What Absence is Made Of
The Hirshhorn Museum and Sculpture Garden has announced “What Absence Is Made Of,” a major new exhibition of more than 70 recent acquisitions and rarely shown works that reimagine the extensive permanent collection. Prompted by today’s increasing focus on the material and digital worlds, the exhibition explores the compelling and enigmatic ways in which artists use absence—the loss of body, of physical form or of memory—as a form of artistic expression for more than 70 years. “What Absence Is Made Of” is organized by Hirshhorn curator-at-large Gianni Jetzer, and it will completely transform the Hirshhorn’s third-floor galleries Oct. 18 through summer 2019.
This new perspective on the collection reflects the complex ways artists approach ideas around “emptiness.” Some use frame of reference, or mirroring effects, that trigger the imagination of the viewer. Others are massive in scale, yet are made of the barest materials. All reward visitors with unexpected and mind-bending glimpses into the space left behind when something disappears, or when something is yet to be. It also marks the first chance for Hirshhorn visitors to view significant new acquisitions by Annette Lemieux, Ed Atkins and Huang Yong Ping alongside well-known favorites by Constantin Brancusi, On Kawara, Ana Mendieta, Hiroshi Sugimoto and John Baldessari.
“Absence is far more than nothing,” Jetzer said. “In an era of increasing consumerism, it has become an increasingly compelling way for contemporary artists to surpass the limits of the material world, the latest in the long tradition of expressing transcendental ideas through art. ‘What Absence Is Made Of’ investigates the ways artists give form to the space between the tangible and the intangible, bringing to light common threads not previously explored.”
“Throughout its nearly 50-year history, the Hirshhorn has built a world-renowned collection of 20th century art,” said Hirshhorn Director Melissa Chiu. “Together, these acquisitions demonstrate the museum’s continued commitment to new media and conceptual art, and, presented in this exhibition, confront the critical contemporary issues of our time.”
“What Absence Is Made Of” joins the Hirshhorn’s 2017–18 schedule of diverse contemporary artists whose work reflects global conversations that shape history, politics and culture, including Chinese artist Ai Weiwei, Russian artists Ilya and Emilia Kabakov, Japanese artist Yayoi Kusama, German artist Markus Lüpertz, Swiss artist Nicolas Party, American artists Yoko Ono, Theaster Gates and Mark Bradford.
“What Absence Is Made Of” features a wide array of artworks that deal with the interplay of physical presence and dissipation, organized loosely into “The Dematerialization of the Art Object,” “The Body in Pieces,” “Close to Nothing,” “Memento” and “The Posthuman Body.”
The exhibition begins by examining what the critic and curator Lucy Lippard famously coined the “dematerialization of the art object,” a tendency of artists working in the late 1960s to prioritize concept over object. Highlights include Hans Haacke’s famous 1963 “Condensation Cube,” composed of a transparent acrylic cube containing water, producing random droplets of vapor. In 1966, Joseph Kosuth developed his art as idea as idea, which replaced physical objects with written definitions, and later, in 1971, Giovanni Anselmo played with the threshold of perception in his slide “Invisible,” a projection of the word “visible” that questions what people see and what they do not. More recent works on view by Didier Vermeiren, Hiroshi Sugimoto, Cyprien Gaillard and Reynier Leyva Novo expand this historical framework in playful ways, together emphasizing the same mind-over-matter approach.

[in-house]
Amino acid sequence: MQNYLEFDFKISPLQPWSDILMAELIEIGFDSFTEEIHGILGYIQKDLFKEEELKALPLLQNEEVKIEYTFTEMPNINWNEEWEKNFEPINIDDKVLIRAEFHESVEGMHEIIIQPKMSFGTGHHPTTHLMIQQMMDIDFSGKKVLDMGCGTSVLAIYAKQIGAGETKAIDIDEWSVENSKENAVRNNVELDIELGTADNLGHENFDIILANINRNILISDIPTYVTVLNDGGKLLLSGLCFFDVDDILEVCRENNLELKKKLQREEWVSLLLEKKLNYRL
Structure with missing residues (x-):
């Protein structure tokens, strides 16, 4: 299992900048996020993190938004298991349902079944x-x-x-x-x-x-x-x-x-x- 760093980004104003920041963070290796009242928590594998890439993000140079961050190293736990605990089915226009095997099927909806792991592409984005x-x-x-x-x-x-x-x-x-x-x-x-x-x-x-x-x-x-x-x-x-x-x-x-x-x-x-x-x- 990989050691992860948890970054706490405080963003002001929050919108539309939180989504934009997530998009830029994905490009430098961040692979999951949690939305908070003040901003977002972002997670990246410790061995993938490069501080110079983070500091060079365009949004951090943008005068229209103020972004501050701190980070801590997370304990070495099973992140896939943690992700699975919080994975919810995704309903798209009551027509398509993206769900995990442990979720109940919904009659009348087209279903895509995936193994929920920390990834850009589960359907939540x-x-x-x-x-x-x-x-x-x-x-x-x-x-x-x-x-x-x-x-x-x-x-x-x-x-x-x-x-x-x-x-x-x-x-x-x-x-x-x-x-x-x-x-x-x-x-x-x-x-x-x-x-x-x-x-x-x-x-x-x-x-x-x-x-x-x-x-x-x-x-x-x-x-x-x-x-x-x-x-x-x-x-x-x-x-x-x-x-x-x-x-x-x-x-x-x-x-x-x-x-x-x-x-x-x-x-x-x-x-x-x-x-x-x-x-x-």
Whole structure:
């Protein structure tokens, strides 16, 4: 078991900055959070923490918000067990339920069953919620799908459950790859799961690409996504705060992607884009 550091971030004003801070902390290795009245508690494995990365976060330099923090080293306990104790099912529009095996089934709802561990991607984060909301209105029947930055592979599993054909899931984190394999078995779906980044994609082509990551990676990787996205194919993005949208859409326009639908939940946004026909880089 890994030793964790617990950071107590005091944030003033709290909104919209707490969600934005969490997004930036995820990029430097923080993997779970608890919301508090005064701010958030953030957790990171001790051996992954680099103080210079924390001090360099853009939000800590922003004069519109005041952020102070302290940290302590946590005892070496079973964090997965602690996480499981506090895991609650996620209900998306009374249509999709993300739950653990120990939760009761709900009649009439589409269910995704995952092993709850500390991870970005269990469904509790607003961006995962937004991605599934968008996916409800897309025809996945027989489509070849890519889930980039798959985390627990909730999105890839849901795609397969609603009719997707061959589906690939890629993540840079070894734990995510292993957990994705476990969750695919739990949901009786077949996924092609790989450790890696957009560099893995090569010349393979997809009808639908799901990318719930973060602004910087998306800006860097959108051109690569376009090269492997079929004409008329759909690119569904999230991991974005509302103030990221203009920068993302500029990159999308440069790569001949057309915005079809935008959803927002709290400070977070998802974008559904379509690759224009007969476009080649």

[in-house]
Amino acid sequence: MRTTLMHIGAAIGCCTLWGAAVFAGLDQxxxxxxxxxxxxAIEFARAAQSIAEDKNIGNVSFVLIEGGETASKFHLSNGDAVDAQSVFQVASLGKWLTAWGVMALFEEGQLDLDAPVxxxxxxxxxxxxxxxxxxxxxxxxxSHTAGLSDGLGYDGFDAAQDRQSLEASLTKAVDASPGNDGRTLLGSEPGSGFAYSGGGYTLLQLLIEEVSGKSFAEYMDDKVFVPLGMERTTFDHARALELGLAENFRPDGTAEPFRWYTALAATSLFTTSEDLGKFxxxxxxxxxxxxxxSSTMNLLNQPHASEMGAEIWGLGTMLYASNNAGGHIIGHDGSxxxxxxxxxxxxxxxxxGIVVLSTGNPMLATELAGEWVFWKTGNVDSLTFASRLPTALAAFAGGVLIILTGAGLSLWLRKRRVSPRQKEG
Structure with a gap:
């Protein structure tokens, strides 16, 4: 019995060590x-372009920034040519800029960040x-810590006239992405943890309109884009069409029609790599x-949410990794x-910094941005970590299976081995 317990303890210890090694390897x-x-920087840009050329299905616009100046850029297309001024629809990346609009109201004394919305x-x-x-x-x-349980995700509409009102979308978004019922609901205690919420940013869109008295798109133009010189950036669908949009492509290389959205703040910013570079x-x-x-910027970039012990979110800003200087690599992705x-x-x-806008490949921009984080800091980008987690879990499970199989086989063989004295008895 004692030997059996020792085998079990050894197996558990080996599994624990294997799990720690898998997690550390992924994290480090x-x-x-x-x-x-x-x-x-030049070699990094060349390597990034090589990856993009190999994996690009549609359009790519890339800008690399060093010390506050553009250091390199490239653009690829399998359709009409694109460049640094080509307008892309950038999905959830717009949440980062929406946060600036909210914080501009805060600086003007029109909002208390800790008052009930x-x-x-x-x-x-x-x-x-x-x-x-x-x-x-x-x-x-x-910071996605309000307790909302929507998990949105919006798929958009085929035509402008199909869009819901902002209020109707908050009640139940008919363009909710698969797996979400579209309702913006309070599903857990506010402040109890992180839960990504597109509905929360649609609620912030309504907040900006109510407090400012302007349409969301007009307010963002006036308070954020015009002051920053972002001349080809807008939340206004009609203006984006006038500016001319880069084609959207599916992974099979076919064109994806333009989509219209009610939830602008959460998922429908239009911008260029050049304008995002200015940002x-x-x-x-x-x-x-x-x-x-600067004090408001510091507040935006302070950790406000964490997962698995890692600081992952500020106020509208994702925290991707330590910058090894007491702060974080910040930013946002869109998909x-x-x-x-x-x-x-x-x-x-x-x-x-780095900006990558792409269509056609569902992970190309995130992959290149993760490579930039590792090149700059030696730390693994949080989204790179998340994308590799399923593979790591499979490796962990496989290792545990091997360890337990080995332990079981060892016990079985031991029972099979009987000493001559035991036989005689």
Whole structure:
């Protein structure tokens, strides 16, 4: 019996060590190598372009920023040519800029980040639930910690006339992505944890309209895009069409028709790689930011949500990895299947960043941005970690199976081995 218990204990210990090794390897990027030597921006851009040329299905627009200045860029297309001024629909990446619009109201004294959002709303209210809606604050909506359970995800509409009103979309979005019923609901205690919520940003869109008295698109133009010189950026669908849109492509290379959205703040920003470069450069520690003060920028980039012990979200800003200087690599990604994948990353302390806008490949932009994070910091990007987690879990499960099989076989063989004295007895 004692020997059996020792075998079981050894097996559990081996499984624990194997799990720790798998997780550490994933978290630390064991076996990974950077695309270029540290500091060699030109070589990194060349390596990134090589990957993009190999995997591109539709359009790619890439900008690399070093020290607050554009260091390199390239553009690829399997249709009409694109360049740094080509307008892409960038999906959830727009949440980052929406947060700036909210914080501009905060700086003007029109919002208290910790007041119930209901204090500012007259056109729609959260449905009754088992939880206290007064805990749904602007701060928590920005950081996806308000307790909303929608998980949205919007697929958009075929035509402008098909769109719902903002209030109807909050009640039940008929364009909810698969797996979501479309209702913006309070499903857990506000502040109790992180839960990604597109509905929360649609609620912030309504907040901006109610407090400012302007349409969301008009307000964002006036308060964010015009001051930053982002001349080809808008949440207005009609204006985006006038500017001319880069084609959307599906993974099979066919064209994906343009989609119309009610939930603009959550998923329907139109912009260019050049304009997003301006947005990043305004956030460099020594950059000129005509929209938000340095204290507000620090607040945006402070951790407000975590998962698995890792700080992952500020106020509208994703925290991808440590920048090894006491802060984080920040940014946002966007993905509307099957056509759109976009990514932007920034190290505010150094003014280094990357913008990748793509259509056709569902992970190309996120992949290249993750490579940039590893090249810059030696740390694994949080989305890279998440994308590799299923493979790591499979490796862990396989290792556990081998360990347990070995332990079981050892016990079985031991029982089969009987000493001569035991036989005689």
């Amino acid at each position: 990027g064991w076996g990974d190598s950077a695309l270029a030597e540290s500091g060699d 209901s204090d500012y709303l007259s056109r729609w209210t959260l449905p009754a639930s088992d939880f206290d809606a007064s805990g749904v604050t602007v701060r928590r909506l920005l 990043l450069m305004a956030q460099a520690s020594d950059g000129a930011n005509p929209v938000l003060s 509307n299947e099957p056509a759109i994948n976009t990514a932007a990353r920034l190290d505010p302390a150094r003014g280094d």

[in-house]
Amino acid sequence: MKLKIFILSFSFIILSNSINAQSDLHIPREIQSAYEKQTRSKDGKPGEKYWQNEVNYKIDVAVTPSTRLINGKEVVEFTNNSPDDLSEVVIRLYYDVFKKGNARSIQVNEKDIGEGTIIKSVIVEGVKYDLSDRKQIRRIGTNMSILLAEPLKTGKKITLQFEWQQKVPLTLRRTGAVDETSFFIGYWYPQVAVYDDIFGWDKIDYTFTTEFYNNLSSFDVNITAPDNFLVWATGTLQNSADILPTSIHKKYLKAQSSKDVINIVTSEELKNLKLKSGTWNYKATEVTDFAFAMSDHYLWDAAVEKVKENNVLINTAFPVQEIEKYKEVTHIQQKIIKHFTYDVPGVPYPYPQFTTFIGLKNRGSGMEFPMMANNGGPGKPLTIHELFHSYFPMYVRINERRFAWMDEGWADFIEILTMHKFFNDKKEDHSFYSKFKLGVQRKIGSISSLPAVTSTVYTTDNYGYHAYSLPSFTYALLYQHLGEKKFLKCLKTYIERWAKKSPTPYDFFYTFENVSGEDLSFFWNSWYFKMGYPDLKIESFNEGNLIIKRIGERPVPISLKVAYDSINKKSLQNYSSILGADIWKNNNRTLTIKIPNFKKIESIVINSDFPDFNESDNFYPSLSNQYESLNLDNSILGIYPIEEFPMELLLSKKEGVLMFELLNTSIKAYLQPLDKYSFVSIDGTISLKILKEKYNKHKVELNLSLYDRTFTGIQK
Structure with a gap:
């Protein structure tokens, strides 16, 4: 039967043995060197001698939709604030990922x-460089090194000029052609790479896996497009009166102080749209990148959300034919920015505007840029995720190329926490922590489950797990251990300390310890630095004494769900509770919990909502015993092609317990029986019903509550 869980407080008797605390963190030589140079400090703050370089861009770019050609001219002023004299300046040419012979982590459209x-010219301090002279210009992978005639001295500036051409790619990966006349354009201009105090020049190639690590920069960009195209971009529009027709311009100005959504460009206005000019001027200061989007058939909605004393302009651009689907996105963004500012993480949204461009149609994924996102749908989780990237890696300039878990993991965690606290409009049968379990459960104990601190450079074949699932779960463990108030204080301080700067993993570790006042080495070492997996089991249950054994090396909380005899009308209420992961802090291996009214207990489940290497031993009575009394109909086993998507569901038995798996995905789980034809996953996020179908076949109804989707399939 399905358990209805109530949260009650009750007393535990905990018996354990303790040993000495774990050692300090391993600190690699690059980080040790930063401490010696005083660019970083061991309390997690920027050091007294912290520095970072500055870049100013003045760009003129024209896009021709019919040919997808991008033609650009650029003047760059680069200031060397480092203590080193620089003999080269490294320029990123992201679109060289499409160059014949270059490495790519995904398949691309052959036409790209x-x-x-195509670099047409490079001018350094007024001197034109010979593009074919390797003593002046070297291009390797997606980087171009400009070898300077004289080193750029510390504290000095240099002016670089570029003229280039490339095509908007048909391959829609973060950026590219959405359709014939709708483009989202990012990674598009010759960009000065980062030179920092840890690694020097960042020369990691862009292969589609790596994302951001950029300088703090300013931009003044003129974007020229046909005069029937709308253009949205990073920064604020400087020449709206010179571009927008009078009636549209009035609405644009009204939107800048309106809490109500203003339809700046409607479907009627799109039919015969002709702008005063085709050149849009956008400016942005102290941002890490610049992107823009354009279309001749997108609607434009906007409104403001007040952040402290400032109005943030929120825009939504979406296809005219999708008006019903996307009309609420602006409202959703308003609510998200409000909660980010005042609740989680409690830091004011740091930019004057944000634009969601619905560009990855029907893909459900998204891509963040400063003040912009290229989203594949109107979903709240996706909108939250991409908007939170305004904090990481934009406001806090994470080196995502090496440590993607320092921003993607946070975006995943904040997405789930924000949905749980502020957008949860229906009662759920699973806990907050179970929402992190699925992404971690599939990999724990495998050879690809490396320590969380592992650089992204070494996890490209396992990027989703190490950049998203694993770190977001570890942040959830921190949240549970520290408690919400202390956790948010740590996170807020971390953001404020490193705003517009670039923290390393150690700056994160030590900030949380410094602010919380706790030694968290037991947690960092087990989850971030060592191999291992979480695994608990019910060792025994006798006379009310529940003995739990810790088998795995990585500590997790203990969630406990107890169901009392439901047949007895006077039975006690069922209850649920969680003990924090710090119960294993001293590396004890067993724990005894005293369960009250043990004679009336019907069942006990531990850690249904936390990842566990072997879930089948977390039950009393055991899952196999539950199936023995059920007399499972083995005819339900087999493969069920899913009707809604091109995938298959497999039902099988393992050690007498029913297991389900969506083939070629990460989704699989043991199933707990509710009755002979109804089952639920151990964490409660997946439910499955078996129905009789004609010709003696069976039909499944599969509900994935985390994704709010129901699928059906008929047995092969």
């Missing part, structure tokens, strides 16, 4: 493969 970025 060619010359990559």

A parallel development focuses on the fragmentation of the human body and the resultant loss of physical integrity. Artists Robert Moskovitz, Mendieta and Lemieux create work using the phantom-like impressions of their bodies, while artists such as Lorna Simpson, AA Bronson and Félix González-Torres isolate a single body part—the torso, the face or the hand—imbuing it with almost iconic significance. In “Safe Conduct” (2016), acquired just last year, Ed Aktins creates a dystopian digital scene. Staged in what is half an airport security checkpoint and half an organ bank, an avatar endlessly pulls the skin from his face to reveal, again and again, the next layer of artificiality.
“Memento” considers the ways in which artworks can create an artificial presence for those who have left us. Christian Boltanski’s “Monument” marks the destiny of Jewish children during World War II by mounting their portraits on metallic boxes illuminated by naked bulbs, an installation that is simultaneously serene and morbid, while the large floor sculpture “Abbottabad” by Ping revisits the compound where Osama bin Laden hid for years before he was discovered and eventually killed. In Damien Hirst’s 1992 “The Asthmatic Escaped II,” two large, glass boxes contain a camera on a tripod, film, a saucer, biscuits, a plastic cup and lid, jeans, a t-shirt, trainers and an inhaler, together offering enigmatic traces of a missing patient. The work is a monument to the painter Francis Bacon, an asthmatic, who passed away the same year Hirst created this piece.
Lastly, “The Posthuman Body,” reflects the impact the digital world, where computer animation and artificial intelligence create personalities that live without bodies. Siebren Versteeg addresses the inner conflict of being in “Neither There nor There” (2005), videos showing a contemporary subject shifting between the body, bytes of a smart phone and cameras, resulting in a self utterly lost in digital translation.
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